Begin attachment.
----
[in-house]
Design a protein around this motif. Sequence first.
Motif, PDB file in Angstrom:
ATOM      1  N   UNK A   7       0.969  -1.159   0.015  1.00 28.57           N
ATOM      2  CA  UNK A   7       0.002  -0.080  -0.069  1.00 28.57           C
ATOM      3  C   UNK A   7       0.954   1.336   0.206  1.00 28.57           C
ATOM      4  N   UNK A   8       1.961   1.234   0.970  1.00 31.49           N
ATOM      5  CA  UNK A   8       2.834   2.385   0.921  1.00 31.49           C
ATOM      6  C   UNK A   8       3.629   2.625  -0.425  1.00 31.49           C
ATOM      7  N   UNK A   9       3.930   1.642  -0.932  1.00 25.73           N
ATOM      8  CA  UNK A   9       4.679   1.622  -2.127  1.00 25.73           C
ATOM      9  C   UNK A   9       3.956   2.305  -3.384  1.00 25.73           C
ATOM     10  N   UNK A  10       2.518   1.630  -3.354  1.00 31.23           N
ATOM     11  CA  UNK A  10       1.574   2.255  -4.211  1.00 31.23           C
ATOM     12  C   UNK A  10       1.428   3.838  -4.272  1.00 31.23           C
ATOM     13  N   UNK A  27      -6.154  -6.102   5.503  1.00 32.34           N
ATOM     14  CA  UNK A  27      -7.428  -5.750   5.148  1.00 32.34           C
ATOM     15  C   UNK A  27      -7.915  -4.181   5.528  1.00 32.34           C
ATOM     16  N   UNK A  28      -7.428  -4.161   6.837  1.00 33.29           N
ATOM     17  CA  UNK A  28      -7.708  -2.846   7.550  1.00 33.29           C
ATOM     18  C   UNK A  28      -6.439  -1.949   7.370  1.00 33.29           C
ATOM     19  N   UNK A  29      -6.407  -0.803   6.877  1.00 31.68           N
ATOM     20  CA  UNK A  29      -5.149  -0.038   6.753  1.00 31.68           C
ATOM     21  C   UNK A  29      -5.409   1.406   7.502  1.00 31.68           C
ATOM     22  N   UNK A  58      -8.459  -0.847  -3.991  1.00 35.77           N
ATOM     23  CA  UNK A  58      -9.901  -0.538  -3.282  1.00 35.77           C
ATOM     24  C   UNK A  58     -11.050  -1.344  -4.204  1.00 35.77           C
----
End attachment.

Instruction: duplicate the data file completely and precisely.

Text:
[in-house]
Design a protein around this motif. Sequence first.
Motif, PDB file in Angstrom:
ATOM      1  N   UNK A   7       0.969  -1.159   0.015  1.00 28.57           N
ATOM      2  CA  UNK A   7       0.002  -0.080  -0.069  1.00 28.57           C
ATOM      3  C   UNK A   7       0.954   1.336   0.206  1.00 28.57           C
ATOM      4  N   UNK A   8       1.961   1.234   0.970  1.00 31.49           N
ATOM      5  CA  UNK A   8       2.834   2.385   0.921  1.00 31.49           C
ATOM      6  C   UNK A   8       3.629   2.625  -0.425  1.00 31.49           C
ATOM      7  N   UNK A   9       3.930   1.642  -0.932  1.00 25.73           N
ATOM      8  CA  UNK A   9       4.679   1.622  -2.127  1.00 25.73           C
ATOM      9  C   UNK A   9       3.956   2.305  -3.384  1.00 25.73           C
ATOM     10  N   UNK A  10       2.518   1.630  -3.354  1.00 31.23           N
ATOM     11  CA  UNK A  10       1.574   2.255  -4.211  1.00 31.23           C
ATOM     12  C   UNK A  10       1.428   3.838  -4.272  1.00 31.23           C
ATOM     13  N   UNK A  27      -6.154  -6.102   5.503  1.00 32.34           N
ATOM     14  CA  UNK A  27      -7.428  -5.750   5.148  1.00 32.34           C
ATOM     15  C   UNK A  27      -7.915  -4.181   5.528  1.00 32.34           C
ATOM     16  N   UNK A  28      -7.428  -4.161   6.837  1.00 33.29           N
ATOM     17  CA  UNK A  28      -7.708  -2.846   7.550  1.00 33.29           C
ATOM     18  C   UNK A  28      -6.439  -1.949   7.370  1.00 33.29           C
ATOM     19  N   UNK A  29      -6.407  -0.803   6.877  1.00 31.68           N
ATOM     20  CA  UNK A  29      -5.149  -0.038   6.753  1.00 31.68           C
ATOM     21  C   UNK A  29      -5.409   1.406   7.502  1.00 31.68           C
ATOM     22  N   UNK A  58      -8.459  -0.847  -3.991  1.00 35.77           N
ATOM     23  CA  UNK A  58      -9.901  -0.538  -3.282  1.00 35.77           C
ATOM     24  C   UNK A  58     -11.050  -1.344  -4.204  1.00 35.77           C